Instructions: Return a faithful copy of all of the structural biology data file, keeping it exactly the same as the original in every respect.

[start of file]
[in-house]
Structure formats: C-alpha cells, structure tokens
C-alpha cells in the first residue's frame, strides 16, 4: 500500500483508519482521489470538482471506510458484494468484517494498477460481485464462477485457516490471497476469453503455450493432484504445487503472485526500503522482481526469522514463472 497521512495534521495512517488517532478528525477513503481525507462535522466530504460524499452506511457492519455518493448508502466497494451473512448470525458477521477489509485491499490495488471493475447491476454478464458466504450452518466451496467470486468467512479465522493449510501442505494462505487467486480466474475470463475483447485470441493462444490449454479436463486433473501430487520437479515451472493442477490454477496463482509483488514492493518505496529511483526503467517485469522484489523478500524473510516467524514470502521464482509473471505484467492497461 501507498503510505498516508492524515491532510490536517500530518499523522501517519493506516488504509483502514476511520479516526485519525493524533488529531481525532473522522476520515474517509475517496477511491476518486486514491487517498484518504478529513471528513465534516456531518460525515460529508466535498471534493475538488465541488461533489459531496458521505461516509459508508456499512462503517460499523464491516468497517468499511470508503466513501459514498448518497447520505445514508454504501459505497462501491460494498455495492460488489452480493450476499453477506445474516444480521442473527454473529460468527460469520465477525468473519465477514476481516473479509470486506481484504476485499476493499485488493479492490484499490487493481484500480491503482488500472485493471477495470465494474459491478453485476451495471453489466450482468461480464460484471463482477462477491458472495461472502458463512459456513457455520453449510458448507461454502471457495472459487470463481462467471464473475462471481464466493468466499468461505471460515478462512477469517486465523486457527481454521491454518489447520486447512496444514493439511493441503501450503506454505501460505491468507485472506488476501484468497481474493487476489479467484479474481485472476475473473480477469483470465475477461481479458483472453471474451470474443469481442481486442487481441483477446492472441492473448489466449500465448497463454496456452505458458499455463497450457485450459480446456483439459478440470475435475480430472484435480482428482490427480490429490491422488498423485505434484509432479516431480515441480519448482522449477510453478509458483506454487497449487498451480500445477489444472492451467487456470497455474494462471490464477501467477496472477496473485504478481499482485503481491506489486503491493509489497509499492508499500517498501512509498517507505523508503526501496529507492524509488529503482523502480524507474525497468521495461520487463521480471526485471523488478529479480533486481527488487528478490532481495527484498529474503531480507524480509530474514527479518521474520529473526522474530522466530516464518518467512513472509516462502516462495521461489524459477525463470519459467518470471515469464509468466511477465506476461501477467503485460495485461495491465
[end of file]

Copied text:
[in-house]
Structure formats: C-alpha cells, structure tokens
C-alpha cells in the first residue's frame, strides 16, 4: 500500500483508519482521489470538482471506510458484494468484517494498477460481485464462477485457516490471497476469453503455450493432484504445487503472485526500503522482481526469522514463472 497521512495534521495512517488517532478528525477513503481525507462535522466530504460524499452506511457492519455518493448508502466497494451473512448470525458477521477489509485491499490495488471493475447491476454478464458466504450452518466451496467470486468467512479465522493449510501442505494462505487467486480466474475470463475483447485470441493462444490449454479436463486433473501430487520437479515451472493442477490454477496463482509483488514492493518505496529511483526503467517485469522484489523478500524473510516467524514470502521464482509473471505484467492497461 501507498503510505498516508492524515491532510490536517500530518499523522501517519493506516488504509483502514476511520479516526485519525493524533488529531481525532473522522476520515474517509475517496477511491476518486486514491487517498484518504478529513471528513465534516456531518460525515460529508466535498471534493475538488465541488461533489459531496458521505461516509459508508456499512462503517460499523464491516468497517468499511470508503466513501459514498448518497447520505445514508454504501459505497462501491460494498455495492460488489452480493450476499453477506445474516444480521442473527454473529460468527460469520465477525468473519465477514476481516473479509470486506481484504476485499476493499485488493479492490484499490487493481484500480491503482488500472485493471477495470465494474459491478453485476451495471453489466450482468461480464460484471463482477462477491458472495461472502458463512459456513457455520453449510458448507461454502471457495472459487470463481462467471464473475462471481464466493468466499468461505471460515478462512477469517486465523486457527481454521491454518489447520486447512496444514493439511493441503501450503506454505501460505491468507485472506488476501484468497481474493487476489479467484479474481485472476475473473480477469483470465475477461481479458483472453471474451470474443469481442481486442487481441483477446492472441492473448489466449500465448497463454496456452505458458499455463497450457485450459480446456483439459478440470475435475480430472484435480482428482490427480490429490491422488498423485505434484509432479516431480515441480519448482522449477510453478509458483506454487497449487498451480500445477489444472492451467487456470497455474494462471490464477501467477496472477496473485504478481499482485503481491506489486503491493509489497509499492508499500517498501512509498517507505523508503526501496529507492524509488529503482523502480524507474525497468521495461520487463521480471526485471523488478529479480533486481527488487528478490532481495527484498529474503531480507524480509530474514527479518521474520529473526522474530522466530516464518518467512513472509516462502516462495521461489524459477525463470519459467518470471515469464509468466511477465506476461501477467503485460495485461495491465